The past couple of weeks have been busy, but I got the second scroll saw lesson posted in as many days yesterday by noon and I thought I would take some time (after laundry and house cleaning!) to play around with this stuff.

I found the website of one of my favorite painting designers, Annie Lang. She was one of the ones that made me fall in love with painting in the first place. Her cheerful and whimsical characters always made me smile and since cartooning is not my forte, over the years I had painted many of her designs. (I think I own just about every one of her painting books too!)

In the many years since I have followed her, I see she has branched out to many other things. With scrap booking so popular, she has all of her books and also many different types of scrap booking designs and papers available to download and print from home. I love this idea, as it is not only instant gratification when you buy something, but you can print just what you want in the size and format you want and on the media you desire for your own application. What better way to try out my magnet sheets, I thought?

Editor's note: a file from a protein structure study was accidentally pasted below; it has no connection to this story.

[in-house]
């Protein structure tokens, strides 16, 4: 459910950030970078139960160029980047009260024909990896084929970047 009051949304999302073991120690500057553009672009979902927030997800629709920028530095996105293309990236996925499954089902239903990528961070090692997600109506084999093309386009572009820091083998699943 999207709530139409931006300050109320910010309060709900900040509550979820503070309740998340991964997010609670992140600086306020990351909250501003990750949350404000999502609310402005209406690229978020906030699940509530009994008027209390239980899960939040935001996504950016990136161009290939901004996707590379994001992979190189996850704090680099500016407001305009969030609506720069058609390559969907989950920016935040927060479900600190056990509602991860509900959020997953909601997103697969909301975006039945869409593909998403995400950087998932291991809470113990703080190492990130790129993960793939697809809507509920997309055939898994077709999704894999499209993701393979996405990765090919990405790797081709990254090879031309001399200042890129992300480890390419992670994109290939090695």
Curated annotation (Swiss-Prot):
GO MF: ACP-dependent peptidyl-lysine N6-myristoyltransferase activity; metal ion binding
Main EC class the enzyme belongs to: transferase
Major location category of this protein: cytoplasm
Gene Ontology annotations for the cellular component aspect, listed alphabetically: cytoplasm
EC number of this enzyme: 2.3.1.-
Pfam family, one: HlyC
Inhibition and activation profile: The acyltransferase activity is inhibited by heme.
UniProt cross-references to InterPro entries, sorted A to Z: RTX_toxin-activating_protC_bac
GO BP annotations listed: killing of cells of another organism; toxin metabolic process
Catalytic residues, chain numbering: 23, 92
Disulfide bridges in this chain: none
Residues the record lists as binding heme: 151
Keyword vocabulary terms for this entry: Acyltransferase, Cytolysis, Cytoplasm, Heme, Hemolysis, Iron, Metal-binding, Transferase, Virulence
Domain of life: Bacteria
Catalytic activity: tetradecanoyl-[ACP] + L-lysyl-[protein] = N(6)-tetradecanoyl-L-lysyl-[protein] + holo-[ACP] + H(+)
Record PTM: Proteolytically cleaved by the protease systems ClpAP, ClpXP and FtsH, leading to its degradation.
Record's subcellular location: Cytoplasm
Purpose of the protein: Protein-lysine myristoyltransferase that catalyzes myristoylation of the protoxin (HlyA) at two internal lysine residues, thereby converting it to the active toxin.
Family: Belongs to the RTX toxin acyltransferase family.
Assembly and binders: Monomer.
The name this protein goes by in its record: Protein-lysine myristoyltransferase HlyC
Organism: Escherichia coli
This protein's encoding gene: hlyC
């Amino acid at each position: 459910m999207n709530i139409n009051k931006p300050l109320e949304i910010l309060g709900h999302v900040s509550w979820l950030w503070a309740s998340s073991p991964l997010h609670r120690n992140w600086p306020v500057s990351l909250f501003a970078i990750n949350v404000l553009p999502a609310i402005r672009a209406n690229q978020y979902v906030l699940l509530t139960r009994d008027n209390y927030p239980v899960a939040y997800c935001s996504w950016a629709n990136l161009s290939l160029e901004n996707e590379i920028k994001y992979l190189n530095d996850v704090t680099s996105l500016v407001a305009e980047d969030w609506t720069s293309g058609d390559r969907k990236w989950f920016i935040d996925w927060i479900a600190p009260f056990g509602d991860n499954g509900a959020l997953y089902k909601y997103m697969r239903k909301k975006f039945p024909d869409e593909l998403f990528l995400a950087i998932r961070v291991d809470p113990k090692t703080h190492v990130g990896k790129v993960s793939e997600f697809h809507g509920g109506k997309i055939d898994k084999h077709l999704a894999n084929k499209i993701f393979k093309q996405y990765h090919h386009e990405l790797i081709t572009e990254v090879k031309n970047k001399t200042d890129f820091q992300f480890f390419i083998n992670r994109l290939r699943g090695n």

So I purchased one of the packages from her site (Halloween Cats, of course!) and I gave it a try on the magnet sheets. I sized them to what I wanted to get the most mileage out of the sheets and printed away. They looked great!

I also printed out the color picture that she included with each line drawing. Although she offered a color picture, there were no specific instructions on painting. It was kind of up to me to do what I wanted with them (which was fine because I rarely follow the instructions anyway! :)

Then came the real test – seeing how they would hold up to the acrylic paints. Since the paints are water based and many of the techniques that you use in the process of painting require the use of water, I was not sure if the material would peel off or hold up. I also use a technique called ‘dry brushing’ for highlighting that may make the material flake off, as you need to rub it with a stiffer brush. I wasn’t sure if it would stand the test.

I am happy to report though that all went well and the design came out beautiful! I painted it in about an hour and a half, and it was fun and easy and I didn’t have to mess with transferring any lines. I just printed and painted. When I was finished, I just cut out the piece and it looked really cool.